Nobody hopes that pursuing their passion, or just living their lives, results in relying on a wheelchair for their primary mode of transportation.
You may have heard that question before. If you haven’t heard it, you’ve probably felt it radiating off…
The Americans with Disabilities Act (ADA) was first signed into law in 1990 by President George H. W. Bush. It was modeled after the Civil Rights Act of 1964 and was designed to prevent discrimination against those with physical and mental impairments.
Who are we?
We are Access Advocates: a group of caring professionals, from different fields, dedicated to helping our fellow Americans who live with disabilities have full and complete access to all public buildings, in compliance with the spirit and the letter of the Americans with Disabilities Act (ADA).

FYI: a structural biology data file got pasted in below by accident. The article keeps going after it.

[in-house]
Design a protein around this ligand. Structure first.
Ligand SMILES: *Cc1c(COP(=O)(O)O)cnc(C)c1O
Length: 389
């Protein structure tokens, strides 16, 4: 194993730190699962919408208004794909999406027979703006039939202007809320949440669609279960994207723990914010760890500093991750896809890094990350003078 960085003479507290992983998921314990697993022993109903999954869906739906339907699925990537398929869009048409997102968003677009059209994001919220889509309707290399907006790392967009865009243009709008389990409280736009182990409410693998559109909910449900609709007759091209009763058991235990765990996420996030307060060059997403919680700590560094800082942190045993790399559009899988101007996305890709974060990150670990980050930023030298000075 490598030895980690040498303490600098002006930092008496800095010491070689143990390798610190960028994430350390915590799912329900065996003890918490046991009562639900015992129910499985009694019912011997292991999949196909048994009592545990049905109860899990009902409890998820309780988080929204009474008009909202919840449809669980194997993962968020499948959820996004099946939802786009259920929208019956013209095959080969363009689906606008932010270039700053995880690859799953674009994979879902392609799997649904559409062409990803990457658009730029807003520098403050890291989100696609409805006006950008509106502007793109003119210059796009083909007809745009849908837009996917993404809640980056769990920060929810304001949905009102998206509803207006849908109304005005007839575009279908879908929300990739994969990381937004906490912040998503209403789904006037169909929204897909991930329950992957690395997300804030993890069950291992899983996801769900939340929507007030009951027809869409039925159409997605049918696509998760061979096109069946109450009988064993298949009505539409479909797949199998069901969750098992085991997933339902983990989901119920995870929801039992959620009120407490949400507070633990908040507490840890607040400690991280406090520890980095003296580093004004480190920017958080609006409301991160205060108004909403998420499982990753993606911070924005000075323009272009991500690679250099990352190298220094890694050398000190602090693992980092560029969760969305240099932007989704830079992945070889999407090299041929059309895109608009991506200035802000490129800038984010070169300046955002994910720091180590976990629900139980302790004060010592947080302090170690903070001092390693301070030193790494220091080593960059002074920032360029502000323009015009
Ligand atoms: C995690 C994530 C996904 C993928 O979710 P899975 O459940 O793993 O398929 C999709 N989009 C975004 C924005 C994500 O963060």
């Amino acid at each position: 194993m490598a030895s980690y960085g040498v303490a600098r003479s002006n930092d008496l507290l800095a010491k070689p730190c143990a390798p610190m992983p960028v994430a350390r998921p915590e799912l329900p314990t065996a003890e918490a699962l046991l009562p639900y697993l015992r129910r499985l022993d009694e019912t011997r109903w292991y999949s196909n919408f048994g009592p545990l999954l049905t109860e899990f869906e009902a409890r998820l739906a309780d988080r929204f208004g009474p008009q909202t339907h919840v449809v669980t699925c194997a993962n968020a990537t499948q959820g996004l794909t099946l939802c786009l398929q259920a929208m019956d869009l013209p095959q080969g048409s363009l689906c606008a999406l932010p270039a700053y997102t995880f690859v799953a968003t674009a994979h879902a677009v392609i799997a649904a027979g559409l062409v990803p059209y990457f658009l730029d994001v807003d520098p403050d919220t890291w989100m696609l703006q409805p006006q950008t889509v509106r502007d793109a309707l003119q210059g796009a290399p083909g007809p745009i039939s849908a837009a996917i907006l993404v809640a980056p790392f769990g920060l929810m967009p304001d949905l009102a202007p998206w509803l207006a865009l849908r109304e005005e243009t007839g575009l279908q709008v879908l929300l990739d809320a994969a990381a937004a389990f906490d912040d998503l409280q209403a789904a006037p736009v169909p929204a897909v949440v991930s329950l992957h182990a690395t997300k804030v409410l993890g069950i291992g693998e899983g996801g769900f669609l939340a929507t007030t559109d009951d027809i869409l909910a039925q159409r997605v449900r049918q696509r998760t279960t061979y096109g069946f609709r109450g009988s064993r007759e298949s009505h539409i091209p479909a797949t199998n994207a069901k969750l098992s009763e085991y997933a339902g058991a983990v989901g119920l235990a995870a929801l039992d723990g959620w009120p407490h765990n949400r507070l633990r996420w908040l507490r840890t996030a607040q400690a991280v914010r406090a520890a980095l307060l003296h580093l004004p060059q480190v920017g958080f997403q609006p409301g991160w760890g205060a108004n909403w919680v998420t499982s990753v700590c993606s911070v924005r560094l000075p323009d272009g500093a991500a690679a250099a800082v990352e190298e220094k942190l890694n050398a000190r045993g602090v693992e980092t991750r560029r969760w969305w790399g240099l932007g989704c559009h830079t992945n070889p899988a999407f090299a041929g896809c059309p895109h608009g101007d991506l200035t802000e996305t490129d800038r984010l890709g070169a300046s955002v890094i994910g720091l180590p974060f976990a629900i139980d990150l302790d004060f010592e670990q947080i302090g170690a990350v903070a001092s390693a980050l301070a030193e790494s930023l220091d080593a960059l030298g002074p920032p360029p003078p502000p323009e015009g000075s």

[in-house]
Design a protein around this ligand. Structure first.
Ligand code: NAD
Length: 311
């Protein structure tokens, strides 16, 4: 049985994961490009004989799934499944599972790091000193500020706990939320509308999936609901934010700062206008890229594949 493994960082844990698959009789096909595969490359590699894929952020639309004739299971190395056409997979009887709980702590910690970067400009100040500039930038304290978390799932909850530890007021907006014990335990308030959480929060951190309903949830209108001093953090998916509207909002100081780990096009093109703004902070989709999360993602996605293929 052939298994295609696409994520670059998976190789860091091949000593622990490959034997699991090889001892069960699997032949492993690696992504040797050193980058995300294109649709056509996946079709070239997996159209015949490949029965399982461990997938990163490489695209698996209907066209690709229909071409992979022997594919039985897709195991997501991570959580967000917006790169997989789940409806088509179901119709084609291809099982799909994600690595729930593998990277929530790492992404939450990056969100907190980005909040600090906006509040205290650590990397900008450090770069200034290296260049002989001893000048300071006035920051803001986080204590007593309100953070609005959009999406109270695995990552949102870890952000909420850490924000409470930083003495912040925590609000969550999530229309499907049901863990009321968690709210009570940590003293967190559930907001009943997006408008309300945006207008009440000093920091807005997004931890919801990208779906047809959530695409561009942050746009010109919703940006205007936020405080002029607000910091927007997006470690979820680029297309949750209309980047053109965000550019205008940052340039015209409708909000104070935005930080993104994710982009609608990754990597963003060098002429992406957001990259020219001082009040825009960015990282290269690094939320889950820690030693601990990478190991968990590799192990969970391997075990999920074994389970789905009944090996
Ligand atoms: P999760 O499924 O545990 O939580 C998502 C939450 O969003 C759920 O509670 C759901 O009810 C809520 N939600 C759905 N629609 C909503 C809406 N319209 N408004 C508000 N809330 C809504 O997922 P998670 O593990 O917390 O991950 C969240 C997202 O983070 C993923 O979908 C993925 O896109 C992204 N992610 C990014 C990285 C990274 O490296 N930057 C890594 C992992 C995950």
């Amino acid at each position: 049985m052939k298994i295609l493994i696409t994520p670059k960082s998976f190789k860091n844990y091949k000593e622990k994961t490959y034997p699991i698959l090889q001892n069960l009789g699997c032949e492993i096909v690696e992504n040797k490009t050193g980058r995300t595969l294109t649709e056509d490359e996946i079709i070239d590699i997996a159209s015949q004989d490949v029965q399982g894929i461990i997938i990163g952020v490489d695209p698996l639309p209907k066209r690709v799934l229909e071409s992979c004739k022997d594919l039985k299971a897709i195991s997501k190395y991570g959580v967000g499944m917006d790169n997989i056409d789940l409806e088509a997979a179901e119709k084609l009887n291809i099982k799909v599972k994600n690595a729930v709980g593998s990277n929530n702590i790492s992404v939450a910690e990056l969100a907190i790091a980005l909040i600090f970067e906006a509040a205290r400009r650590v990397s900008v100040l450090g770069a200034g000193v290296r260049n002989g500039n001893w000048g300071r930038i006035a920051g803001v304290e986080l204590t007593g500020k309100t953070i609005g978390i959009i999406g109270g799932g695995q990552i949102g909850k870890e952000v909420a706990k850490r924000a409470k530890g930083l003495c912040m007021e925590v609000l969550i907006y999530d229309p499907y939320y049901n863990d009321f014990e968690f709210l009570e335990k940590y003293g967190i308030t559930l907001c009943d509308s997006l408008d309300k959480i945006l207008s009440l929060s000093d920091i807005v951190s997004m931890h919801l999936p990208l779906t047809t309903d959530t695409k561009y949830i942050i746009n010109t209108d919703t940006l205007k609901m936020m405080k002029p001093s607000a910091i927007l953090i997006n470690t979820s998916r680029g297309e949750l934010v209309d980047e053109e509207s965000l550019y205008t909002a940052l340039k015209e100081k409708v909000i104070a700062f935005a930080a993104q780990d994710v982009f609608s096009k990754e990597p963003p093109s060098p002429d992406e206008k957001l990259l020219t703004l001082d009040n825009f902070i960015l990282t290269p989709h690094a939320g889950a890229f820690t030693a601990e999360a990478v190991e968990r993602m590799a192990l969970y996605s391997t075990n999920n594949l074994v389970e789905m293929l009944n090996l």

The iconic logo for accessibility in modern culture is indicated by a blue sign and the image of…
In today’s world, many people, especially Millennials, are choosing where to live based on a community’s walkability. This rating is calculated from multiple factors, including easy access to public transportation, work, shopping, and entertainment. Basically, the more walkable the community, the less you need an automobile to get around. However, many times a community’s walkability score does not correspond to accessibility for people with disabilities.
Have you ever wondered if the rickety, old, makeshift wheelchair ramp at the entrance to your favorite restaurant, bar, or store is ever just going to collapse under your chair one of these days?